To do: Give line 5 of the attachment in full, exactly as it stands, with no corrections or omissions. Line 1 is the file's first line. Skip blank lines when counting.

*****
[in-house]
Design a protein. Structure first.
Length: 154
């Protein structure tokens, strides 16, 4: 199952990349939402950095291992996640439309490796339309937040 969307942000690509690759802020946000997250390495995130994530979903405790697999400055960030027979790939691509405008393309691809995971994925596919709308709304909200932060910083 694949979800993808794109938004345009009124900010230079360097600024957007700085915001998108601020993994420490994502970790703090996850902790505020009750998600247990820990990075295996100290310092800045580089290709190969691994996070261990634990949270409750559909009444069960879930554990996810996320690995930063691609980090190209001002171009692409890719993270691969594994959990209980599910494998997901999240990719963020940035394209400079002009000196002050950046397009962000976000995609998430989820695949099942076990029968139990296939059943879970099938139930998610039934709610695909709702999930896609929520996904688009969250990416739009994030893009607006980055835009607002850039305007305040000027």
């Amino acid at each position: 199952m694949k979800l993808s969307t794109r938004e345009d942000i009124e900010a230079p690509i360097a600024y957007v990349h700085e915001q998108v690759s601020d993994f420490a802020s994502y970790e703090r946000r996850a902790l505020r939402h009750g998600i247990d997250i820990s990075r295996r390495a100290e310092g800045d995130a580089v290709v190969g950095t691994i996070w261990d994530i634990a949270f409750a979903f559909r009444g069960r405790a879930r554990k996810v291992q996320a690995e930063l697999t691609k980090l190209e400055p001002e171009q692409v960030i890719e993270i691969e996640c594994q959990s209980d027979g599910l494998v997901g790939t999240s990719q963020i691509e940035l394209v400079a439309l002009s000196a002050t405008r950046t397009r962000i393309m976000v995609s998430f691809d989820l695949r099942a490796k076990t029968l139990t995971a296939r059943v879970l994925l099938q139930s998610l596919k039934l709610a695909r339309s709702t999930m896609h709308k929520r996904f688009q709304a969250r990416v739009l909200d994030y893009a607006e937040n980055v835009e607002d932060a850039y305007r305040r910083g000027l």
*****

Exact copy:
């Amino acid at each position: 199952m694949k979800l993808s969307t794109r938004e345009d942000i009124e900010a230079p690509i360097a600024y957007v990349h700085e915001q998108v690759s601020d993994f420490a802020s994502y970790e703090r946000r996850a902790l505020r939402h009750g998600i247990d997250i820990s990075r295996r390495a100290e310092g800045d995130a580089v290709v190969g950095t691994i996070w261990d994530i634990a949270f409750a979903f559909r009444g069960r405790a879930r554990k996810v291992q996320a690995e930063l697999t691609k980090l190209e400055p001002e171009q692409v960030i890719e993270i691969e996640c594994q959990s209980d027979g599910l494998v997901g790939t999240s990719q963020i691509e940035l394209v400079a439309l002009s000196a002050t405008r950046t397009r962000i393309m976000v995609s998430f691809d989820l695949r099942a490796k076990t029968l139990t995971a296939r059943v879970l994925l099938q139930s998610l596919k039934l709610a695909r339309s709702t999930m896609h709308k929520r996904f688009q709304a969250r990416v739009l909200d994030y893009a607006e937040n980055v835009e607002d932060a850039y305007r305040r910083g000027l």